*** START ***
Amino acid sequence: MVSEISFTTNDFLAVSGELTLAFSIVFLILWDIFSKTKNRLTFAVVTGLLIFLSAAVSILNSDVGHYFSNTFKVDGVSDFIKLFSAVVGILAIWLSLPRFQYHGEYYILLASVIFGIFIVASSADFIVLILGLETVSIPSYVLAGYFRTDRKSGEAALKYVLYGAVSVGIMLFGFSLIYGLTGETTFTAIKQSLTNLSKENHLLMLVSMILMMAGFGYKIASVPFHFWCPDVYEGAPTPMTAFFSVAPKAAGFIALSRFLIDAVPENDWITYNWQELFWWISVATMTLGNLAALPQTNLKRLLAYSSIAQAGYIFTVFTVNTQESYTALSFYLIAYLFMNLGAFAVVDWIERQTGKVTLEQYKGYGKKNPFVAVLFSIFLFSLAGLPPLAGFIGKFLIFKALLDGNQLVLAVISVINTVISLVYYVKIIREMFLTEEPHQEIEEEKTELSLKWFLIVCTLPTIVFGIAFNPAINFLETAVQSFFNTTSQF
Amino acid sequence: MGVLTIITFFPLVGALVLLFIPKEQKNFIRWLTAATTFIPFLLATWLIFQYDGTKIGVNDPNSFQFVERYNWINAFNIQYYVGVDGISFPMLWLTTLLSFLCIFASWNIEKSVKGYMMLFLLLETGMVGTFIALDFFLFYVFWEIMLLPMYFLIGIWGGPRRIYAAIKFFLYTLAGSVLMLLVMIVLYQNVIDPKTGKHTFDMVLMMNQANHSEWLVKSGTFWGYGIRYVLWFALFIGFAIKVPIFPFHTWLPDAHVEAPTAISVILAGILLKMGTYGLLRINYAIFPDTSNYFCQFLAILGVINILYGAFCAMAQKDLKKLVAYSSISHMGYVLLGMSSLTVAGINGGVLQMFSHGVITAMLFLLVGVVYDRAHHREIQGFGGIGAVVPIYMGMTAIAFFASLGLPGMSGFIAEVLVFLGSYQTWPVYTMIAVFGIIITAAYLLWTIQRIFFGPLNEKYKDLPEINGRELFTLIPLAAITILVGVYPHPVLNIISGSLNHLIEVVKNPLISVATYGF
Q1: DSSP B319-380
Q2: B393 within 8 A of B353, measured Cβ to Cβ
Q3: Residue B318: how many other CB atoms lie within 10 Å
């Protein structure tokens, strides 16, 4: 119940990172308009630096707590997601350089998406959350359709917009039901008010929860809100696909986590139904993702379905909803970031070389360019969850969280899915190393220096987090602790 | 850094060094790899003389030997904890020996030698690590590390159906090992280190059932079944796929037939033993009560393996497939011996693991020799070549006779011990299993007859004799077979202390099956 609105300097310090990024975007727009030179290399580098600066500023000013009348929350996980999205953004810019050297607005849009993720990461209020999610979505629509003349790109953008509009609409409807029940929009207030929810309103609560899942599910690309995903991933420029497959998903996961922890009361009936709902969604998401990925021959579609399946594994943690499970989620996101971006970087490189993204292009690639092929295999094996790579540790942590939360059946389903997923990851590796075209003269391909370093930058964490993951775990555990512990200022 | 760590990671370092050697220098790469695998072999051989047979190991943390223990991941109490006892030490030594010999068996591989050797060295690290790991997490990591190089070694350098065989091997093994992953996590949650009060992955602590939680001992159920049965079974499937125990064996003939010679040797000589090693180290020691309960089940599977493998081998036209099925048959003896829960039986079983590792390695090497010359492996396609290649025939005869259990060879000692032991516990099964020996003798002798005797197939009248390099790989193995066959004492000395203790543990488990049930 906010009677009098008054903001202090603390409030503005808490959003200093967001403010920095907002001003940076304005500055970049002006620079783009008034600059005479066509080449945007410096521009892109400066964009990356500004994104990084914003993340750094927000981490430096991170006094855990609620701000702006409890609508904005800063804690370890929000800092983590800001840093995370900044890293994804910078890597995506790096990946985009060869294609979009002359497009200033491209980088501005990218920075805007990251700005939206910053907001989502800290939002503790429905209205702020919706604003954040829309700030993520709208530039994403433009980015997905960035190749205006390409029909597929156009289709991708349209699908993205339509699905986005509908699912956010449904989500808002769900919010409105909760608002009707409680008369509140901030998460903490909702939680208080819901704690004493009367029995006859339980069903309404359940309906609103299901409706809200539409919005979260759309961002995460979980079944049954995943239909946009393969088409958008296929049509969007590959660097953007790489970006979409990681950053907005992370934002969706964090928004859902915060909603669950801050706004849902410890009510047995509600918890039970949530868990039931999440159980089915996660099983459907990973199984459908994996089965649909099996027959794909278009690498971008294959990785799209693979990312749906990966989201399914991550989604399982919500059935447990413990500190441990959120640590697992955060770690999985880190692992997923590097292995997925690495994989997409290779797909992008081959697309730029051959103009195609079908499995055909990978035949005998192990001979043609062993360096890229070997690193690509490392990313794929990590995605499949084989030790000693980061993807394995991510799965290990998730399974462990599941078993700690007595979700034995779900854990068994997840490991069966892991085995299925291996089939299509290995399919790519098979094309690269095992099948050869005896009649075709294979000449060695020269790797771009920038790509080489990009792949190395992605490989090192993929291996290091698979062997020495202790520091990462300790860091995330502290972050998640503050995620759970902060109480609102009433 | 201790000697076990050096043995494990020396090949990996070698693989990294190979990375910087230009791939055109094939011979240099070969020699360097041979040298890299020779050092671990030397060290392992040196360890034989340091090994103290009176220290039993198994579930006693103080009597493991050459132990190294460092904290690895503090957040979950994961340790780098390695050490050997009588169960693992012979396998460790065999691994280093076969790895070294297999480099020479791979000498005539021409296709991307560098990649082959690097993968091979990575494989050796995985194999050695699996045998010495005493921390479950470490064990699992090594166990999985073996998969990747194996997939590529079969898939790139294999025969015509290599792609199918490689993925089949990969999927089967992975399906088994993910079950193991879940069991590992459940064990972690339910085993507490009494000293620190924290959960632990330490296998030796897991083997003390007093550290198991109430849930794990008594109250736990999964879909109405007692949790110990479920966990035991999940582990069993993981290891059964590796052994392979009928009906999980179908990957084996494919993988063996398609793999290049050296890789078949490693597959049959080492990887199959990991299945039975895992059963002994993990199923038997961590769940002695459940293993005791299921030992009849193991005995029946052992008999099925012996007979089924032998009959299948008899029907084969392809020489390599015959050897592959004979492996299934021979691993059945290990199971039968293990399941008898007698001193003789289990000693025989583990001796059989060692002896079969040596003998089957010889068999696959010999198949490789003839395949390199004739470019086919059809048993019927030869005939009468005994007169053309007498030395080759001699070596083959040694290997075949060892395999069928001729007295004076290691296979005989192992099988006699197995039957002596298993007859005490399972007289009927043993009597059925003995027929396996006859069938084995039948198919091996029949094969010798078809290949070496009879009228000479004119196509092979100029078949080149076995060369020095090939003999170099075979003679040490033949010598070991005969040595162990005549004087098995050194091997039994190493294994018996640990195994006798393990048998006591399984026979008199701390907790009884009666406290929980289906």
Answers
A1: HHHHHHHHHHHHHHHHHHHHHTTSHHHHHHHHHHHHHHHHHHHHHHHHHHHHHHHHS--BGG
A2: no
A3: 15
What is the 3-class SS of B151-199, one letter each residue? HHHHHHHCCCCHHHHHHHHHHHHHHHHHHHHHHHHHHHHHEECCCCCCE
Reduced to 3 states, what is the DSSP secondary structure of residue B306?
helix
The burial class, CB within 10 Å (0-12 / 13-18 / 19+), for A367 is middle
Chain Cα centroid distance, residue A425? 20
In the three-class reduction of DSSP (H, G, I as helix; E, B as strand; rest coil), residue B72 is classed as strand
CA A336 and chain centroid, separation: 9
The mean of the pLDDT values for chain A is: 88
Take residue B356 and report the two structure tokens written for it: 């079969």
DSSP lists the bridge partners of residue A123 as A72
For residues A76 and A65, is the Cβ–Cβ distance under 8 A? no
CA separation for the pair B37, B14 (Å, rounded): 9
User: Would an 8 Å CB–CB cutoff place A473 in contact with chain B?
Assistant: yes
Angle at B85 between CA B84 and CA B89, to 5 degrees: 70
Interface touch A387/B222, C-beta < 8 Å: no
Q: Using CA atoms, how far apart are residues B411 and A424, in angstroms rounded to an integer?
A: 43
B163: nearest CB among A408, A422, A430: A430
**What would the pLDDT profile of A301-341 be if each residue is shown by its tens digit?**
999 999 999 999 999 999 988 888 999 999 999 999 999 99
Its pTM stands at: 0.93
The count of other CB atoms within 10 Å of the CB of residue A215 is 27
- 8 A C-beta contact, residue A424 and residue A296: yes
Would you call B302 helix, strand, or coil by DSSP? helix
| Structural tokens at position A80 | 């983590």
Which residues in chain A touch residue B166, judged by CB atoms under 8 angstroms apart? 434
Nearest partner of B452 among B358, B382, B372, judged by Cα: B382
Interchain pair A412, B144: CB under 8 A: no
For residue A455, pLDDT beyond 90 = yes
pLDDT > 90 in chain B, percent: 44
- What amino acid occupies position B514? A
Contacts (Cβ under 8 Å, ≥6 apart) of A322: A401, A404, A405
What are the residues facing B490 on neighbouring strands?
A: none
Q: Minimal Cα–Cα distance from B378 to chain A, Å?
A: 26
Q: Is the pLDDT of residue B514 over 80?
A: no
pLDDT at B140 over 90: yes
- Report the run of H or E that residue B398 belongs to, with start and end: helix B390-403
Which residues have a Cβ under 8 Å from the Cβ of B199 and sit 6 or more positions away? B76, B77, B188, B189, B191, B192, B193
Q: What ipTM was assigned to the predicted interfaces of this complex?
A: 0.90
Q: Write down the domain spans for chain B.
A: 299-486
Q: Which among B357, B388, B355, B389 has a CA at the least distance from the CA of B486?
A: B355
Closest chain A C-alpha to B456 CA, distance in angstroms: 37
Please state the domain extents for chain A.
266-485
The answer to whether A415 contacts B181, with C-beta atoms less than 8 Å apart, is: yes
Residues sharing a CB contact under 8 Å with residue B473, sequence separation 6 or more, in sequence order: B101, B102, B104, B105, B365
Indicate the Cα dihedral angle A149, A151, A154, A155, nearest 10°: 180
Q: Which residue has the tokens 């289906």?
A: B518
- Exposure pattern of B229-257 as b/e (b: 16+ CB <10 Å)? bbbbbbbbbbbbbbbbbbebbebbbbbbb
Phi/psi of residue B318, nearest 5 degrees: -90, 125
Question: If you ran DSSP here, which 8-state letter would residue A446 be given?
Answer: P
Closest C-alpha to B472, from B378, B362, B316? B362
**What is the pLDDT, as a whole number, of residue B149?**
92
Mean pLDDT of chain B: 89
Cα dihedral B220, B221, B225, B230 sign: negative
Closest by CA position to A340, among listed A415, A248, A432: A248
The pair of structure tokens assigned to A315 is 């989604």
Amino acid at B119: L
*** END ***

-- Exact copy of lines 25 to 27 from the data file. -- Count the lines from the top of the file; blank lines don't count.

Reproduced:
Angle at B85 between CA B84 and CA B89, to 5 degrees: 70
Interface touch A387/B222, C-beta < 8 Å: no
Q: Using CA atoms, how far apart are residues B411 and A424, in angstroms rounded to an integer?